How does it feel to run one of the nation's fastest-growing companies? Bhavesh Bhagat (MBA, '97), president and CEO of EnCrisp, Inc., knows.
Reston-based EnCrisp was recently recognized by Inc. magazine as No. 58 of the fastest-growing private companies in the region. Bhagat shares the story of EnCrisp's success (and his role in it) in a special Q&A below.
You founded EnCrisp in 2004 after several management roles in auditing, finance and software solutions. Can you explain what service EnCrisp provides to its clients?
BB: EnCrisp is a Global Enterprise Application Lifecycle and Governance Risk and Compliance (GRC) management solutions leader.
EnCrisp eases clients' security and risk management worries across the functional and technical business landscape. EnCrisp designs software solutions with a business-driven, risk-based approach to improve our clients' I.T. lifecycle, regulatory governance, environmental sustainability, security architecture and compliance.
Between 2005 and 2008, EnCrisp’s revenue growth rate was 430% - 400% more than the average growth rate of a company in the industry. Why do you think EnCrisp has been so successful?
BB: The key to EnCrisp's success has been three-fold. For me, luckily these involve merging my skills as an electrical engineer, MBA, and genetic entrepreneur.
First, unparalleled customer service and guaranteed outcome assurance. EnCrisp is the only company in the world that has pay-for-performance commitments when we work with our customers. Most of our clients are board members, CFOs, controllers, chief audit executives and CIOS; these senior folks understand the difference between commodity solutions and a true bend-over-backwards partner who looks out for their success.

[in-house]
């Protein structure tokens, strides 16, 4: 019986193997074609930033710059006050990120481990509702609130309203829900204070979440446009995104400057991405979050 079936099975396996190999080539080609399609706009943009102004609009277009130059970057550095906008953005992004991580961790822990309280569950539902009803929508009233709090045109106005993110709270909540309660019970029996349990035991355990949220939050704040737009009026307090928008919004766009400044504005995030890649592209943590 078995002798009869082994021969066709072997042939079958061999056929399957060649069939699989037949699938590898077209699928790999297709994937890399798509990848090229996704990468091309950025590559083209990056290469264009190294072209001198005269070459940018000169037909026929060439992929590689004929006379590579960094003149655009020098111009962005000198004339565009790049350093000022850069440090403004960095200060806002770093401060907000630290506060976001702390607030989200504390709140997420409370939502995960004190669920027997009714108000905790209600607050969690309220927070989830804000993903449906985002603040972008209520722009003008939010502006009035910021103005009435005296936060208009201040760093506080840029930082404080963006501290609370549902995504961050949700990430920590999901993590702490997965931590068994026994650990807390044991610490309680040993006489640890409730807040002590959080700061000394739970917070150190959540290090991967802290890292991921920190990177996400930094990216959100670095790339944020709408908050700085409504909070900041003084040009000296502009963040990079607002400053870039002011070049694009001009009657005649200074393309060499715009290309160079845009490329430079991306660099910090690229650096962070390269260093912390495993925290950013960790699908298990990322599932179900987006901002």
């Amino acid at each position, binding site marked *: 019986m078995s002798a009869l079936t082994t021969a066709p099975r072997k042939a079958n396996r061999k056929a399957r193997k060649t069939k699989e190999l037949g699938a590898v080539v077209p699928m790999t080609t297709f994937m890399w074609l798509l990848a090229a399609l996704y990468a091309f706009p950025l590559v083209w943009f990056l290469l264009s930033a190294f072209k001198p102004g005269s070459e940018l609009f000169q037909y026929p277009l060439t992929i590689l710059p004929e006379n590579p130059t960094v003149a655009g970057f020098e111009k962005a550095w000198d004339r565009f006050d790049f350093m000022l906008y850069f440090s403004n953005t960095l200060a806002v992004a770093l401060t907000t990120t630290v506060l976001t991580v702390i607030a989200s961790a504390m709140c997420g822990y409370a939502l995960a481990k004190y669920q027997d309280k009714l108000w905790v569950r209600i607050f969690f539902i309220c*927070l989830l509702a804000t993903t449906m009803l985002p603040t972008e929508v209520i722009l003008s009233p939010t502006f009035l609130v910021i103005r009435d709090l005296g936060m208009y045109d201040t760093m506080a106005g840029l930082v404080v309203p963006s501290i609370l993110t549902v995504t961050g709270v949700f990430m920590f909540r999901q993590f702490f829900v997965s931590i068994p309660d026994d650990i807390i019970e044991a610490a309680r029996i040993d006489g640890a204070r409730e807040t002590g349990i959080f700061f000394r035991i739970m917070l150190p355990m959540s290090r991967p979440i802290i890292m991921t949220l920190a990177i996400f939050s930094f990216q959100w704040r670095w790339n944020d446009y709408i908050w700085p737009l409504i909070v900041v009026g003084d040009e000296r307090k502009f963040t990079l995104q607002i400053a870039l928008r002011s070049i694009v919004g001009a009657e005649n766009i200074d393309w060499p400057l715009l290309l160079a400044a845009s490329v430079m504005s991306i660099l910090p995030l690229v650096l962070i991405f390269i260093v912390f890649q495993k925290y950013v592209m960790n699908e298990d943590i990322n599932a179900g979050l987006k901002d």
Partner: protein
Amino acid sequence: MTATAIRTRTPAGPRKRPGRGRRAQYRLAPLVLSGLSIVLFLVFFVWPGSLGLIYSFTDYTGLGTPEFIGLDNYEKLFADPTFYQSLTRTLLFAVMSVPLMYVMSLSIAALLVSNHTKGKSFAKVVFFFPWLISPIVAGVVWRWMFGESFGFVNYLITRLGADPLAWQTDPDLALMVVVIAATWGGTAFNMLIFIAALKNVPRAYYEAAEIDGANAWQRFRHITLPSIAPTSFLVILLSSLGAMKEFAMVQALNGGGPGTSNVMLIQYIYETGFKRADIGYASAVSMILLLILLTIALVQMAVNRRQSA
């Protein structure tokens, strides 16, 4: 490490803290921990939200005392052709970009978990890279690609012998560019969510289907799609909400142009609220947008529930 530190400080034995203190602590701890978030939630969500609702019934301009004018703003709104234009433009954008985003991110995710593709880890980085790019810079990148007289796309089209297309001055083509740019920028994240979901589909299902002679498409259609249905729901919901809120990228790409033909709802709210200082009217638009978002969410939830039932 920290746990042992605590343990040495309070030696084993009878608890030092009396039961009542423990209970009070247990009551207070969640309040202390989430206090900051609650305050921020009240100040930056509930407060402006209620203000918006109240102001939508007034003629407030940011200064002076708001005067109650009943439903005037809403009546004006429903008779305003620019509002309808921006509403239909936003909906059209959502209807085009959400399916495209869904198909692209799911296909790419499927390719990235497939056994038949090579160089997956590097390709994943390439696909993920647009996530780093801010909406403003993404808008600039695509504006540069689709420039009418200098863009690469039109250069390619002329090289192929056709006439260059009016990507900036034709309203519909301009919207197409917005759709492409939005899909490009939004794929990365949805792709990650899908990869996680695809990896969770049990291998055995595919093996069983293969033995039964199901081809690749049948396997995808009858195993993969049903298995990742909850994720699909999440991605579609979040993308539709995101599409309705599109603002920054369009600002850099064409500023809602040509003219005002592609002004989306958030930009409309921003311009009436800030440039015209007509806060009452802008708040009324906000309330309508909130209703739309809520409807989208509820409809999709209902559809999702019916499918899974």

Second, by building a global brand, we are known as leaders in our field globally. As a founder, I speak internationally on the subject of GRC and solution management. We go to market as experts ; we don’t claim to do everything under the sun in I.T. or auditing. Rather, we specialize in two things: Enterprise Risk and Governance Management and Enterprise Application Lifecycle management.
Finally, we chose a good market. EnCrisp was at the forefront of Governance Risk and Compliance even before the term GRC was coined in early 2007. GRC can be a very broad and diversified field. It can also be extremely specialized, as it's a specific niche working with strategy and technologies such as SAP. The overall size of the GRC and ALM market globally is over 1 billion USD and is growing.
It's been 12 years since you completed your MBA at American University. How did your experiences at The Kogod School of Business shape your career path?
BB: Kogod's location is a winner. All of the action in terms of regulation, compliance and business policy driving entrepreneurs and risk management is in Washington, D.C.
My dream was to work in International Finance at the World Bank. Through AU and my connection with Dr. Dara Khambatta, I even did so at the prestigious International Finance Corporation in their Young Professionals Program. However, I quickly realized that finance was my hobby, but entrepreneurship was my passion.
Kogod taught me a lesson that “if you don't ask – you will never know.” In my second year I needed money, as my fellowship for the first year had completed. Even though I was in the MBA program, I asked Dr. Delone (in the I.T. department) for help. I was persistent, and he helped me get a second year fellowship setting up special computer systems, which helped me in my financial situation.
You get what you put into a program, and at end of the day it's all about opportunities, enterprising ambitions and giving back.
What types of clients do you work with?
BB: Our clients are global companies and government institutions of all sizes, as the concepts of governance, risk management and compliance are universal. We have provided our solutions to diverse companies such as Coca-Cola, T-Mobile, Constellation Energy, and various government agencies, among others.
Why are IT monitoring, compliance and governance solutions so vital to your clients, and what would you say to a student who is considering pursuing a career in your specialty?
BB: We do not just monitor IT; most risks are process driven risks. So essentially this field is about process and business-driven risk management with I.T. as an enabler.
As long as there is human nature, there will be a need for GRC and monitoring and we will be in business. Right now, we are seeing what ten years of misgoverned ambition for growth can do to an economy and businesses.
The entire issue of Harvard Business Review this month (Sept/Oct 2009) is devoted to Enterprise Risk Management, if I have not convinced you of importance of the field of GRC.